Coinbase has sued the SEC to get clarity on the agency’s approach to crypto regulation.
In a federal court action filed Monday (April 24), the cryptocurrency exchange asks a judge to compel the Securities and Exchange Commission to release its response to a petition from last year asking the SEC to “propose and adopt rules to govern the regulation” of digital assets.
Reached by PYMNTS, the SEC declined to comment. The filing comes as the SEC ramps up its scrutiny on the crypto sector, leaving companies like Coinbase to consider moving their operations offshore.
“From the SEC’s public statements and enforcement activity in the crypto industry, it seems like the SEC has already made up its mind to deny our petition,” Paul Grewal, Coinbase’s chief legal office, wrote on the company’s blog.
“But they haven’t told the public yet. So the action Coinbase filed today simply asks the court to ask the SEC to share its decision.”
Grewal acknowledges the company’s action is unusual, but argues it is also unusual “for an agency to bring enforcement actions based on a view of the law that it has not yet shared formally with the public.”
Last month, Coinbase said it had received a Wells notice from the SEC related to the exchange’s listing of potential unregistered securities across its suite of digital asset products and services. As PYMNTS noted, these notices are not formal charges or lawsuits — but in many cases can lead to them.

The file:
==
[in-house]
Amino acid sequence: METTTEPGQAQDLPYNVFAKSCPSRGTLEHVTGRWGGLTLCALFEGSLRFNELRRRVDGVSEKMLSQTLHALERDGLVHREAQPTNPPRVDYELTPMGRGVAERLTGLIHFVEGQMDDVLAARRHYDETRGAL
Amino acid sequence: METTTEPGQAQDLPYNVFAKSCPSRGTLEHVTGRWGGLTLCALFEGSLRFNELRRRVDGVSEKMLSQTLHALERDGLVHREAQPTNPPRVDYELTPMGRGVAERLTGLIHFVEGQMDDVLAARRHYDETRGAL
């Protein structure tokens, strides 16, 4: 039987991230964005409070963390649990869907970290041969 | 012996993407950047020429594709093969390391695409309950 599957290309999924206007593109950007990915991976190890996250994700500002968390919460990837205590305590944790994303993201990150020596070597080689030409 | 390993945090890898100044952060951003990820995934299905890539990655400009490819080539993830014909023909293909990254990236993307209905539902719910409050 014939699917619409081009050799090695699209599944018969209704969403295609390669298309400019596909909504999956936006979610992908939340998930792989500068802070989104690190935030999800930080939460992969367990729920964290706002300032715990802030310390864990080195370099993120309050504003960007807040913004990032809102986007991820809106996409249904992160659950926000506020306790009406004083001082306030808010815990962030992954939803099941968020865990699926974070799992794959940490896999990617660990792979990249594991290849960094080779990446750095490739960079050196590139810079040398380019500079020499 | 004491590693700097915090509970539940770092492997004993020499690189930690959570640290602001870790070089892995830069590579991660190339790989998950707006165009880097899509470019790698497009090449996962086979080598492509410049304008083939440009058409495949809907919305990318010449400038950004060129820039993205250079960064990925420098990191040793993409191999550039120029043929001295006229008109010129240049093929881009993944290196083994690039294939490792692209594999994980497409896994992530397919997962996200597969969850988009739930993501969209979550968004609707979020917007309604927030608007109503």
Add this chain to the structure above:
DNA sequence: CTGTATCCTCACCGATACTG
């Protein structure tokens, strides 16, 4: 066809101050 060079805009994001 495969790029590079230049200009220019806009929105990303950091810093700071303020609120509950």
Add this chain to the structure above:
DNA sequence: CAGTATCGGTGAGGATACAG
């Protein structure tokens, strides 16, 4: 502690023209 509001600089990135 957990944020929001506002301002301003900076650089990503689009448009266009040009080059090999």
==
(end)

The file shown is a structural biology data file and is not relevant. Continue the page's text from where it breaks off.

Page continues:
Coinbase CEO Brian Armstrong had indicated in a recent CNBC interview that the company might have to seek court assistance in its dealings with the SEC.
“It’s really unfortunate. I think we’re going to have to actually end up going to court to get the clarity we need and create that case law,” he said last week.
In the past six years, the SEC has taken legal action against more than 100 crypto defendants, PYMNTS wrote last week as the agency’s chair, Gary Gensler, defended his organization’s approach in testimony before the House Financial Services Committee.
“Given that most crypto tokens are securities, it follows that many crypto intermediaries are transacting in securities and have to register with the SEC,” Gensler said, adding that the crypto sector entails “risks and conflicts the commission does not allow in any other marketplace.”
Many lawmakers, Financial Services Chairman Patrick McHenry among them, have made arguments similar to those of the crypto industry: that the SEC’s disclosure rules were made for traditional markets and don’t work when applied to the digital currency sector.
“To date, the SEC has forced digital asset market participants into regulatory frameworks that are neither compatible with the underlying technology nor applicable,” wrote committee Republicans in a letter to Gensler prior to the hearing.